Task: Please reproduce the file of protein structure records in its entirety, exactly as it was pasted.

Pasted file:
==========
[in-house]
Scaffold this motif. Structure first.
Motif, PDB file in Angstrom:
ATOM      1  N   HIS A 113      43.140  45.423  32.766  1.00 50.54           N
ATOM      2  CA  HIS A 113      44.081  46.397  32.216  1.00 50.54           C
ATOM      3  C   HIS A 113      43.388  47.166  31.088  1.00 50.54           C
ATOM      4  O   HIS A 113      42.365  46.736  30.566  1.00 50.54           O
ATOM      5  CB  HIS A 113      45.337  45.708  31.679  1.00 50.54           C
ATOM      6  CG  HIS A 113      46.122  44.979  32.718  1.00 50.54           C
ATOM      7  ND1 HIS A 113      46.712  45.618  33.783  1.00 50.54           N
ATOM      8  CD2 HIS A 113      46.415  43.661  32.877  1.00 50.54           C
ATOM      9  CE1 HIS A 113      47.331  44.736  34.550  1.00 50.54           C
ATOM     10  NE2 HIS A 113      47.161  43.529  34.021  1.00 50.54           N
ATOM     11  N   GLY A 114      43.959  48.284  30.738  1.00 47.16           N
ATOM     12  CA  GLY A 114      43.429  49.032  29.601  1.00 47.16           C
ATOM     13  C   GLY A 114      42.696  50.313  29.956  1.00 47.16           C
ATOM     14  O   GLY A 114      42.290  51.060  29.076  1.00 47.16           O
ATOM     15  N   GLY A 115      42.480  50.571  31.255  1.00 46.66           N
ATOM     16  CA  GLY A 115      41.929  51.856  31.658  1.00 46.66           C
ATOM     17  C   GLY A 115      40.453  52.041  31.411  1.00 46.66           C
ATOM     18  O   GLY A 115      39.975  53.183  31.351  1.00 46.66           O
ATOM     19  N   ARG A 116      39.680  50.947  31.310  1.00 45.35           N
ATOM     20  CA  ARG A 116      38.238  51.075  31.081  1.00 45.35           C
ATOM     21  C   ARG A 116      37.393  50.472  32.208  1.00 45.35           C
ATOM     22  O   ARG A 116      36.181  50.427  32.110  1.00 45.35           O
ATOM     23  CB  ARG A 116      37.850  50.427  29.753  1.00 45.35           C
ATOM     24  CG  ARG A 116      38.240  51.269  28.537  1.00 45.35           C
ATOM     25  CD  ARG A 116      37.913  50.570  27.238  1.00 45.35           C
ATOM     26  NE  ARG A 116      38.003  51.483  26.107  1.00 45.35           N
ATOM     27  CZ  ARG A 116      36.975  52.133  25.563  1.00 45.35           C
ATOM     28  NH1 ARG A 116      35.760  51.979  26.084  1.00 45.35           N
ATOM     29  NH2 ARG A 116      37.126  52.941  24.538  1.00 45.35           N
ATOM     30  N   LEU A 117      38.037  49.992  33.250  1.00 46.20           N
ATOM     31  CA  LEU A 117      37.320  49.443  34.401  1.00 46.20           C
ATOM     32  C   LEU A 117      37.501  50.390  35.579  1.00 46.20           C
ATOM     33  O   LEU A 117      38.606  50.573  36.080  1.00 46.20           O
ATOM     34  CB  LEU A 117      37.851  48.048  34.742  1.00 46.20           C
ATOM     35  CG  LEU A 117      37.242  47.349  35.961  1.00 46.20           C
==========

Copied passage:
[in-house]
Scaffold this motif. Structure first.
Motif, PDB file in Angstrom:
ATOM      1  N   HIS A 113      43.140  45.423  32.766  1.00 50.54           N
ATOM      2  CA  HIS A 113      44.081  46.397  32.216  1.00 50.54           C
ATOM      3  C   HIS A 113      43.388  47.166  31.088  1.00 50.54           C
ATOM      4  O   HIS A 113      42.365  46.736  30.566  1.00 50.54           O
ATOM      5  CB  HIS A 113      45.337  45.708  31.679  1.00 50.54           C
ATOM      6  CG  HIS A 113      46.122  44.979  32.718  1.00 50.54           C
ATOM      7  ND1 HIS A 113      46.712  45.618  33.783  1.00 50.54           N
ATOM      8  CD2 HIS A 113      46.415  43.661  32.877  1.00 50.54           C
ATOM      9  CE1 HIS A 113      47.331  44.736  34.550  1.00 50.54           C
ATOM     10  NE2 HIS A 113      47.161  43.529  34.021  1.00 50.54           N
ATOM     11  N   GLY A 114      43.959  48.284  30.738  1.00 47.16           N
ATOM     12  CA  GLY A 114      43.429  49.032  29.601  1.00 47.16           C
ATOM     13  C   GLY A 114      42.696  50.313  29.956  1.00 47.16           C
ATOM     14  O   GLY A 114      42.290  51.060  29.076  1.00 47.16           O
ATOM     15  N   GLY A 115      42.480  50.571  31.255  1.00 46.66           N
ATOM     16  CA  GLY A 115      41.929  51.856  31.658  1.00 46.66           C
ATOM     17  C   GLY A 115      40.453  52.041  31.411  1.00 46.66           C
ATOM     18  O   GLY A 115      39.975  53.183  31.351  1.00 46.66           O
ATOM     19  N   ARG A 116      39.680  50.947  31.310  1.00 45.35           N
ATOM     20  CA  ARG A 116      38.238  51.075  31.081  1.00 45.35           C
ATOM     21  C   ARG A 116      37.393  50.472  32.208  1.00 45.35           C
ATOM     22  O   ARG A 116      36.181  50.427  32.110  1.00 45.35           O
ATOM     23  CB  ARG A 116      37.850  50.427  29.753  1.00 45.35           C
ATOM     24  CG  ARG A 116      38.240  51.269  28.537  1.00 45.35           C
ATOM     25  CD  ARG A 116      37.913  50.570  27.238  1.00 45.35           C
ATOM     26  NE  ARG A 116      38.003  51.483  26.107  1.00 45.35           N
ATOM     27  CZ  ARG A 116      36.975  52.133  25.563  1.00 45.35           C
ATOM     28  NH1 ARG A 116      35.760  51.979  26.084  1.00 45.35           N
ATOM     29  NH2 ARG A 116      37.126  52.941  24.538  1.00 45.35           N
ATOM     30  N   LEU A 117      38.037  49.992  33.250  1.00 46.20           N
ATOM     31  CA  LEU A 117      37.320  49.443  34.401  1.00 46.20           C
ATOM     32  C   LEU A 117      37.501  50.390  35.579  1.00 46.20           C
ATOM     33  O   LEU A 117      38.606  50.573  36.080  1.00 46.20           O
ATOM     34  CB  LEU A 117      37.851  48.048  34.742  1.00 46.20           C
ATOM     35  CG  LEU A 117      37.242  47.349  35.961  1.00 46.20           C